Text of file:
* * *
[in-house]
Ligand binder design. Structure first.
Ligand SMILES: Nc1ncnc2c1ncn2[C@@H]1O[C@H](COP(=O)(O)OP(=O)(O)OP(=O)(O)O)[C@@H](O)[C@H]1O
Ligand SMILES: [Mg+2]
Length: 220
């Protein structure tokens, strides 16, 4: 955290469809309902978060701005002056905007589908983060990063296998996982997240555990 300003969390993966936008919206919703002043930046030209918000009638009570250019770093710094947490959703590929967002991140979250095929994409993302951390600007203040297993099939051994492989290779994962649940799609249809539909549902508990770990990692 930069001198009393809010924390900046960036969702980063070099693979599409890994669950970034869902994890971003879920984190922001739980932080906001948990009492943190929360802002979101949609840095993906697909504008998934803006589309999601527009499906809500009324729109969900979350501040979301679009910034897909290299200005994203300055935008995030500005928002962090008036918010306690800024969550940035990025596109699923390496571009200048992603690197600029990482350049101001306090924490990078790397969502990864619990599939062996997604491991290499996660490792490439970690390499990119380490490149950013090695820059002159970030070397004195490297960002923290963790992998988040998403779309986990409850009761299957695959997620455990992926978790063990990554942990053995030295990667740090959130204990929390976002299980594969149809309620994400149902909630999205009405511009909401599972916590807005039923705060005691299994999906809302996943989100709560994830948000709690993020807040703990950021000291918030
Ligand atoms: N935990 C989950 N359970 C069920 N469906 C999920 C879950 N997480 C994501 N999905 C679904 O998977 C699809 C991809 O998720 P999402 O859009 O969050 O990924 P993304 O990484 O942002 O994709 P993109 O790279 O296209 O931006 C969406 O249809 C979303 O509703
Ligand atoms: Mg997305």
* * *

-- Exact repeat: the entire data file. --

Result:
[in-house]
Ligand binder design. Structure first.
Ligand SMILES: Nc1ncnc2c1ncn2[C@@H]1O[C@H](COP(=O)(O)OP(=O)(O)OP(=O)(O)O)[C@@H](O)[C@H]1O
Ligand SMILES: [Mg+2]
Length: 220
């Protein structure tokens, strides 16, 4: 955290469809309902978060701005002056905007589908983060990063296998996982997240555990 300003969390993966936008919206919703002043930046030209918000009638009570250019770093710094947490959703590929967002991140979250095929994409993302951390600007203040297993099939051994492989290779994962649940799609249809539909549902508990770990990692 930069001198009393809010924390900046960036969702980063070099693979599409890994669950970034869902994890971003879920984190922001739980932080906001948990009492943190929360802002979101949609840095993906697909504008998934803006589309999601527009499906809500009324729109969900979350501040979301679009910034897909290299200005994203300055935008995030500005928002962090008036918010306690800024969550940035990025596109699923390496571009200048992603690197600029990482350049101001306090924490990078790397969502990864619990599939062996997604491991290499996660490792490439970690390499990119380490490149950013090695820059002159970030070397004195490297960002923290963790992998988040998403779309986990409850009761299957695959997620455990992926978790063990990554942990053995030295990667740090959130204990929390976002299980594969149809309620994400149902909630999205009405511009909401599972916590807005039923705060005691299994999906809302996943989100709560994830948000709690993020807040703990950021000291918030
Ligand atoms: N935990 C989950 N359970 C069920 N469906 C999920 C879950 N997480 C994501 N999905 C679904 O998977 C699809 C991809 O998720 P999402 O859009 O969050 O990924 P993304 O990484 O942002 O994709 P993109 O790279 O296209 O931006 C969406 O249809 C979303 O509703
Ligand atoms: Mg997305």